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Authors: Wendy Etherington

Full Throttle

BOOK: Full Throttle
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FULL THROTTLE
Wendy Etherington
TORONTO • NEW YORK • LONDON
AMSTERDAM • PARIS • SYDNEY • HAMBURG
STOCKHOLM • ATHENS • TOKYO • MILAN • MADRID
PRAGUE • WARSAW • BUDAPEST • AUCKLAND

To Liz Allison,
whose strength and friendship is always inspiring.

CHAPTER ONE

“T
ROUBLE
, T
URN
T
WO
.
Go high, go high.”

Kane Jackson saw only smoke through his windshield, but he responded instinctively to his spotter's instructions. Less than a second later, a red, white and blue car slid past the left side of his race car. “The Hatchet?”

“Yeah,” Kane's crew chief, Harry Mercer, responded, his tone flat. “He's talking. Not hurt.”

“Good.” On both counts, he thought, very aware that millions of people via online simulcasts could hear every word he said into his radio. Privately Kane couldn't deny his sense of relief that the points leader for the NASCAR NEXTEL Cup Championship, Patrick “The Hatchet” Williams was probably done for the day. Kane had a tricky road to make the top ten—The Chase as it had been dubbed by NASCAR—and Pat was a semifriend, but definitely the competition.

Obstacles are just one smart move away from the path to greatness.

His father's words whispered through his brain so suddenly he could swear the man himself sat in the passenger's seat where there was in reality nothing but emptiness and part of the roll cage. He tried to shake off the insecurity that thoughts of his father always brought about.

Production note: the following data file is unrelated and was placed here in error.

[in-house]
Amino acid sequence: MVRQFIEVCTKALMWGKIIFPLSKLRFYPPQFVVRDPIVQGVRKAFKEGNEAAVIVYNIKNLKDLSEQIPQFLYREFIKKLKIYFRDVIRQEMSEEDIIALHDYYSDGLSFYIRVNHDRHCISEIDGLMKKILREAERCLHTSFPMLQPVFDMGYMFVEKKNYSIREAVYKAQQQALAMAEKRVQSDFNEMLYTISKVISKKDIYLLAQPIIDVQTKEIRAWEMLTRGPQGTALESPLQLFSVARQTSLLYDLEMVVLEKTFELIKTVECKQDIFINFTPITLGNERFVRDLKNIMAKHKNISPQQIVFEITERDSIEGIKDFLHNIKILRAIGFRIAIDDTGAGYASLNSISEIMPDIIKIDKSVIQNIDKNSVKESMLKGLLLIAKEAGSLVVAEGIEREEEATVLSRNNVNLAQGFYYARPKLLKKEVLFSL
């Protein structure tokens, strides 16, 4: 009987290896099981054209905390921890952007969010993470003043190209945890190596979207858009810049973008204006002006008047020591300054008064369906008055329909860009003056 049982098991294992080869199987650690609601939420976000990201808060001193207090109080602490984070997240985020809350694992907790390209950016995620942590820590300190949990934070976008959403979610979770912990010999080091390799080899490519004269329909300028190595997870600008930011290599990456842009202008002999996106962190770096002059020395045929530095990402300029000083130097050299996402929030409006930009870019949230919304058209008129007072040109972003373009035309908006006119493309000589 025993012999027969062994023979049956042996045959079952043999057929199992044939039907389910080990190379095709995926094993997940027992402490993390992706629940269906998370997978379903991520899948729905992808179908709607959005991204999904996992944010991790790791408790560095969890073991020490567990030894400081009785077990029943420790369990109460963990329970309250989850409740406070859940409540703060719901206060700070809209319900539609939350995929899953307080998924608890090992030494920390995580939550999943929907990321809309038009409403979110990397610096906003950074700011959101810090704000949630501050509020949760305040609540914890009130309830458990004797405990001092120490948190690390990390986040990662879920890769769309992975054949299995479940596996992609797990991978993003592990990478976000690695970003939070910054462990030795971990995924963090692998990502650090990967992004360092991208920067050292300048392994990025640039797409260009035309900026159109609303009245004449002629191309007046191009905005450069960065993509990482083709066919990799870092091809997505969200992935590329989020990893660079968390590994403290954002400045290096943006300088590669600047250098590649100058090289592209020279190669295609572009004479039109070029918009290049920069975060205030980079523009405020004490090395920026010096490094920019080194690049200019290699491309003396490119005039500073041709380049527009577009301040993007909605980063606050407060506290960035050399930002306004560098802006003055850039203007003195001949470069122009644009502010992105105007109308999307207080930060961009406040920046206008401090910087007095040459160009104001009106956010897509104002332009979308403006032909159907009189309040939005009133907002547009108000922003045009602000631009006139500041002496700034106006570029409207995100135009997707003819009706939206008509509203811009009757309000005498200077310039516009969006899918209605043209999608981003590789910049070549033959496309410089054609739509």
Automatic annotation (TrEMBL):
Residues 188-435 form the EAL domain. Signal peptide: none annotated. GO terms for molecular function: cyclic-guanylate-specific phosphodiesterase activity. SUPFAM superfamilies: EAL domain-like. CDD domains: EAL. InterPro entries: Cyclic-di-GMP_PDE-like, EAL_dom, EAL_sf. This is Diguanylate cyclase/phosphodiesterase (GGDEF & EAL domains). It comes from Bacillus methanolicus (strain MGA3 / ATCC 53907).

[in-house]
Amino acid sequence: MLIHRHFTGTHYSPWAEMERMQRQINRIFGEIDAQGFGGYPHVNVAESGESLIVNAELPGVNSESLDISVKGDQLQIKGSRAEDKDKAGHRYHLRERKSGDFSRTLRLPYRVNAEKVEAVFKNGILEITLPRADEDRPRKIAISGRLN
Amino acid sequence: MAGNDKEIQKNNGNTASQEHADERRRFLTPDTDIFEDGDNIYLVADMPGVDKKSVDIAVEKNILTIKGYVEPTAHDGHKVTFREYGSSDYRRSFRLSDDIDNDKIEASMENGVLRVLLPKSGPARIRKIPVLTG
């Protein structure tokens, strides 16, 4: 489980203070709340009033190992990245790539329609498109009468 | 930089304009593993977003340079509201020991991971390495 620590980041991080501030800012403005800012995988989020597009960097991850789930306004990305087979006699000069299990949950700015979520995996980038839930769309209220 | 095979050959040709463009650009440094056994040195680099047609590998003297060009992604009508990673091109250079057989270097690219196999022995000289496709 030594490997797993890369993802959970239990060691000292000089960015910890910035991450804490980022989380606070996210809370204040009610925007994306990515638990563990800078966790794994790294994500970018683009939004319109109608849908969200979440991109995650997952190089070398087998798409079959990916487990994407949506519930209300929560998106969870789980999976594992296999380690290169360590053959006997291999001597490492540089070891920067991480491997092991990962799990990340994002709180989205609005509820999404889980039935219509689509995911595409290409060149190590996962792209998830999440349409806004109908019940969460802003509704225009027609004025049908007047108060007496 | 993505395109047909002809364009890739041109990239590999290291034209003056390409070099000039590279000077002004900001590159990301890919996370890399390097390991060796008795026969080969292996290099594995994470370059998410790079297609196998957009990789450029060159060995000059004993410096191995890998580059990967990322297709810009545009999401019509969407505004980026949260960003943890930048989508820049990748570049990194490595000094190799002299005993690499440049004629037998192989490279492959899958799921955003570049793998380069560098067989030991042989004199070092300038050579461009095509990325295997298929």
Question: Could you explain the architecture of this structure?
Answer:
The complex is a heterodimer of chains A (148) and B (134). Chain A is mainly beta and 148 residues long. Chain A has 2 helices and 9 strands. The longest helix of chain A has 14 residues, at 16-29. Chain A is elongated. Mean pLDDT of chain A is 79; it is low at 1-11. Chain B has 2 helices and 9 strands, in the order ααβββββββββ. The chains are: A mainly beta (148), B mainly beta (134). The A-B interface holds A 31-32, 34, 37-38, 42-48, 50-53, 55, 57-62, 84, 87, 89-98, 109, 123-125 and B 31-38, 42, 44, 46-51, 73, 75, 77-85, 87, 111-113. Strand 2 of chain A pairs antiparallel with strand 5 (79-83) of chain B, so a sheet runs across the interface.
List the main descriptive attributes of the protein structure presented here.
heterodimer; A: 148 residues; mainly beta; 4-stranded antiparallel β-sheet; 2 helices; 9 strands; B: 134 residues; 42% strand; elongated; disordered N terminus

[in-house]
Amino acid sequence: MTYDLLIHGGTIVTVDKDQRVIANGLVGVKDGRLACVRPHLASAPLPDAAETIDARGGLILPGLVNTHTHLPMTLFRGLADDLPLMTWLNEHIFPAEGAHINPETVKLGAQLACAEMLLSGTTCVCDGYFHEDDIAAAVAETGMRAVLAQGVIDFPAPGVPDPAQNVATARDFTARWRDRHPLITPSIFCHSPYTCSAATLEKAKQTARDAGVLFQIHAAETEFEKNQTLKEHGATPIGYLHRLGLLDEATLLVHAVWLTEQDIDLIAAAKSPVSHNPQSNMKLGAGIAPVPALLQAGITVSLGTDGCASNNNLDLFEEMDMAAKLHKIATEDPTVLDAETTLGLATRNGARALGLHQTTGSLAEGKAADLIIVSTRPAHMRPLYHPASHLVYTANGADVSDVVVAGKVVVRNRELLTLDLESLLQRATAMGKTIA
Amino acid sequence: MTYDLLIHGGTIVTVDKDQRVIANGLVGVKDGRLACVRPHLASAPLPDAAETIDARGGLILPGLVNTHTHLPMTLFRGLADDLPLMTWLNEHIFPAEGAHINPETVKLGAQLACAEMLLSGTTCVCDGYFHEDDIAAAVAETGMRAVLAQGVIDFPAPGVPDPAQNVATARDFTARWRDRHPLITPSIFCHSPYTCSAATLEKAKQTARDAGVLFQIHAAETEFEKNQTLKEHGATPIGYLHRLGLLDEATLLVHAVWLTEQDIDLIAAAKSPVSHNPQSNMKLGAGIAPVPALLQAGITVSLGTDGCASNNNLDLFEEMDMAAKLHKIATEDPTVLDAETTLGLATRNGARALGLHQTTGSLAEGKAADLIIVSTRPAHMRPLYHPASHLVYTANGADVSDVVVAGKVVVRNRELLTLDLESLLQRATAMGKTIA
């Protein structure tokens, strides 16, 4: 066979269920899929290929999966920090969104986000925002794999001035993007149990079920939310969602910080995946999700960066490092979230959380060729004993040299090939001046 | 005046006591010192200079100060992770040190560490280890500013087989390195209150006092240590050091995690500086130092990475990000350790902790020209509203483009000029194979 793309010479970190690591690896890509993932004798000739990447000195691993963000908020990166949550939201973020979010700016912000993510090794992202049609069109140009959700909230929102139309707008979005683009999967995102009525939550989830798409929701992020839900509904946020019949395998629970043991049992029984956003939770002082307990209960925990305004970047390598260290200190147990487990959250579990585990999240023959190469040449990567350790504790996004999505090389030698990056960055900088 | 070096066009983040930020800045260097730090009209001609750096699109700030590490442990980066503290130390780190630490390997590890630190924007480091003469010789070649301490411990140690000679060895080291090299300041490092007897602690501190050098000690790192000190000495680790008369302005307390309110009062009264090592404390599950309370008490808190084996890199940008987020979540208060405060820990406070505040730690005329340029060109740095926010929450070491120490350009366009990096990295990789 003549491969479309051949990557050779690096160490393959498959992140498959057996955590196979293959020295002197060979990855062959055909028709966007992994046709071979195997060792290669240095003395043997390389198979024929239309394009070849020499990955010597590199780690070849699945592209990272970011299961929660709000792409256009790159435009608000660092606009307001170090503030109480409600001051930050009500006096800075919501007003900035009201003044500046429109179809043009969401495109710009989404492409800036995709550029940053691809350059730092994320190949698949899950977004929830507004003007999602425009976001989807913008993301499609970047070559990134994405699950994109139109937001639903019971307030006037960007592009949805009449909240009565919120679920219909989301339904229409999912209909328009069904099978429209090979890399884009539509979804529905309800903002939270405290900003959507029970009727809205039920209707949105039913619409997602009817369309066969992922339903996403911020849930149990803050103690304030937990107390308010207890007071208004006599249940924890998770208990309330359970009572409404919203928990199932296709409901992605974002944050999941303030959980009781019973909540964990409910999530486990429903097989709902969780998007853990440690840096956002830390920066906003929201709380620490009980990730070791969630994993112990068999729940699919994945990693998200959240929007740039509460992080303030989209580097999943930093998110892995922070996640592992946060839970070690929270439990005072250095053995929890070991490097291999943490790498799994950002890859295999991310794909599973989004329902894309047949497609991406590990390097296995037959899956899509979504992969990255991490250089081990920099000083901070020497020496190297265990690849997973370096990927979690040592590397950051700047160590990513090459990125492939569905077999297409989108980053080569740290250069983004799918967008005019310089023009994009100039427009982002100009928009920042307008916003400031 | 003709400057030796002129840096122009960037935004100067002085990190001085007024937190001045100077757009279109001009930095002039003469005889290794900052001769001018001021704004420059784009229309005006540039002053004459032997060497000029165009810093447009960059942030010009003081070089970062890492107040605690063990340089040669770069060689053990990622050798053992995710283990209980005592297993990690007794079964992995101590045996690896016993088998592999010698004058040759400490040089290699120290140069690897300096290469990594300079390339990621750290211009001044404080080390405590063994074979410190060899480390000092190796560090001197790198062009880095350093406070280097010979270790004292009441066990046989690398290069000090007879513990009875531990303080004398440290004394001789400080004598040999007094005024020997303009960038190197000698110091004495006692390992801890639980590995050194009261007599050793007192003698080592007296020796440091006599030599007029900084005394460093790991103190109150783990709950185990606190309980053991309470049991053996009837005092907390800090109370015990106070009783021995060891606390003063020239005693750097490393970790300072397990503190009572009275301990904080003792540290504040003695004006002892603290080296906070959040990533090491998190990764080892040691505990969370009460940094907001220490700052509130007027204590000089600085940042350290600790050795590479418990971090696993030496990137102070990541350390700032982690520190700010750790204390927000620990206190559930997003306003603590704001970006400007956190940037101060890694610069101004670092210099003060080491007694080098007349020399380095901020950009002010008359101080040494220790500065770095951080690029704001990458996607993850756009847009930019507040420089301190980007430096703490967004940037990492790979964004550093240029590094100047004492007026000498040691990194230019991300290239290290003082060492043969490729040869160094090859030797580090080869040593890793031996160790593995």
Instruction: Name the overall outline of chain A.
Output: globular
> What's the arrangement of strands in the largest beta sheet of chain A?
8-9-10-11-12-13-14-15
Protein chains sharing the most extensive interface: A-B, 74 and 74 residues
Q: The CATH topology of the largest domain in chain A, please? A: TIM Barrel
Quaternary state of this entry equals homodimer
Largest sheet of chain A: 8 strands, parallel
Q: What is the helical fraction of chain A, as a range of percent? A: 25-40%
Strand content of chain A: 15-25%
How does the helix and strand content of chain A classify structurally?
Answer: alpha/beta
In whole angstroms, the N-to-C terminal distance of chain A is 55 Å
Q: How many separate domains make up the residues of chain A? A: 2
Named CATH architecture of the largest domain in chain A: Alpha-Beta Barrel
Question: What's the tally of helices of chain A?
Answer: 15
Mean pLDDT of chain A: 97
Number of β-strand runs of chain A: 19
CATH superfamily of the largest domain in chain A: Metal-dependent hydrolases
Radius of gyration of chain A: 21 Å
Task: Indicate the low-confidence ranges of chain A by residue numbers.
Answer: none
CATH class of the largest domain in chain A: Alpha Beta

He'd never measure up to “The Legend.” But then nobody could.

Maybe he was stuck in fourteenth place with four races to go until The Chase began, but he was on a roll. His team was pumped. Thanks to the testing sessions, the cars were running better than they had in a long time. Aerodynamic issues had been solved. Camber and tire pressure were adjusted throughout the race. Pit crew motivation was high.

And almost everything good could be attributed not to him, but to Harry and his brilliant daughter, Lexie.

He heard her voice now as the caution flag came out and he prepared to make a critical pit stop. “They're waving the flag at lap one-seven-five. Last stop. Four tires.”

“Let's not take any chances,” he said. The car was great. Only twenty-five laps to go.

“We wouldn't dream of it,” Lexie returned, her tone dry.

“We're in sixth. It's a good finish.”

“See what you can do with fresh tires. Hold your line.”

The tension in her voice was evident. Once, he'd shared in her laughter. Her eyes had sparkled in his presence. These days he saw frustration. Dissatisfaction.

Maybe he'd never measure up with her, either.

“I'll try,” he said.

Keeping a close eye on his tachometer, he cruised down pit road at a teeth-grinding forty-five miles per hour, then rolled into his pit box above the neon yellow and red Sonomic Oil flag marked with Number 53.

Wrapping his hands around the wheel, he waited the seeming eternity while his team changed the car's tires. In actuality less than fourteen seconds passed, but in that time he glanced out his window, and even through the thick black netting he could see beyond the pit wall and spot Lexie—her scowl and her concentration, her small, feminine body seeming somehow familiar and out of place in the racing uniform that matched his own. Lips he'd once had the pleasure of tasting were pursed in concentration.

He shook his head at the distraction and quickly pulled away from the pits, cutting into the line of cars exiting pit road in third place.

“Thirteen point four,” Harry said through the headset in his helmet.

“Yeah!” Kane roared back. “Awesome stop, guys.” The top ten seemed closer by the second.

Falling in line with the other leaders, he vowed to keep both Lexie and his father out of his mind. The next twenty-five laps were about racing, not relationships. Nearly every minute of the day was about racing, though, which was probably why most of his relationships were in the toilet.

As the green flag waved, he concentrated on taking each turn of the tri-oval of Michigan's track, relief creeping closer as Harry counted down the laps. As the cars roared down the straightaway, he could smell the burning rubber, he could see the fans standing in their seats, each screaming for their driver. He thought he even spotted a few sporting his yellow and red team colors.